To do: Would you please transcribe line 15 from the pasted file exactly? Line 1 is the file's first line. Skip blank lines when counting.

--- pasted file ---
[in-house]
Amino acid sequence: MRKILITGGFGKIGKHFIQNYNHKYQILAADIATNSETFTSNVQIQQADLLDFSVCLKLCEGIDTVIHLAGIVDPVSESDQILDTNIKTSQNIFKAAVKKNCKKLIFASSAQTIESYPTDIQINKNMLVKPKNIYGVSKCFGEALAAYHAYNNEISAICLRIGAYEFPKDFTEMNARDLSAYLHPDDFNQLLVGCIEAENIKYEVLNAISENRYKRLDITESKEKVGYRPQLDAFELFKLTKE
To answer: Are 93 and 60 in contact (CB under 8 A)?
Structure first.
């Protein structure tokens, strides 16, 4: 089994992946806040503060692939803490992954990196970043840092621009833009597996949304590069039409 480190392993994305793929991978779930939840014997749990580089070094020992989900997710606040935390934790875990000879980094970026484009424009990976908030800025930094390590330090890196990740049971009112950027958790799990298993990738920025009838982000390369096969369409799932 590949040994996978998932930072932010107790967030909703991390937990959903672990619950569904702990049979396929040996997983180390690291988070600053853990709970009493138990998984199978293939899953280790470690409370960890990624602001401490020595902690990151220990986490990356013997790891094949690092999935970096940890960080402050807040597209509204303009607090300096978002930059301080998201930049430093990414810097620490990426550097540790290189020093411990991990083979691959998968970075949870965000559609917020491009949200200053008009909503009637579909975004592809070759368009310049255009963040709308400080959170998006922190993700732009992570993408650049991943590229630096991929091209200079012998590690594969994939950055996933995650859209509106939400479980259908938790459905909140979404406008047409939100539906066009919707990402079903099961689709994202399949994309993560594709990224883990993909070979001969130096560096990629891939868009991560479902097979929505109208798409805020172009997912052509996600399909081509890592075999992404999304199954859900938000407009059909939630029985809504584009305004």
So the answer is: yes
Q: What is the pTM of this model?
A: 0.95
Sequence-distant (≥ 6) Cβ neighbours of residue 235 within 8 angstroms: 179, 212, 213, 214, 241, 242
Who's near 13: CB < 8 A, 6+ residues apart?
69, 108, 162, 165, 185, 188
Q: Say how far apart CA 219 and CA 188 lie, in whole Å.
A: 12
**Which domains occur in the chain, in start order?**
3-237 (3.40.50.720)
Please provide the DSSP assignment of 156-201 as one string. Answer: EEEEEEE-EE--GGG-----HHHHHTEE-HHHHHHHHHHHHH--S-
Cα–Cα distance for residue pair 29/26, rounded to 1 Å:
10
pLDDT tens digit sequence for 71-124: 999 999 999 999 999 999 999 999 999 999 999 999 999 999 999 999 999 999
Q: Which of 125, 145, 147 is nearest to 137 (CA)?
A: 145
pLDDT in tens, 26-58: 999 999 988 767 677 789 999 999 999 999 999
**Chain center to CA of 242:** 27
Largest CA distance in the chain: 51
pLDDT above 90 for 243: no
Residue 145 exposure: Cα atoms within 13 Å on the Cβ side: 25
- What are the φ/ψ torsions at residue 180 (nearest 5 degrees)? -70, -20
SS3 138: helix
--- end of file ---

3-237 (3.40.50.720)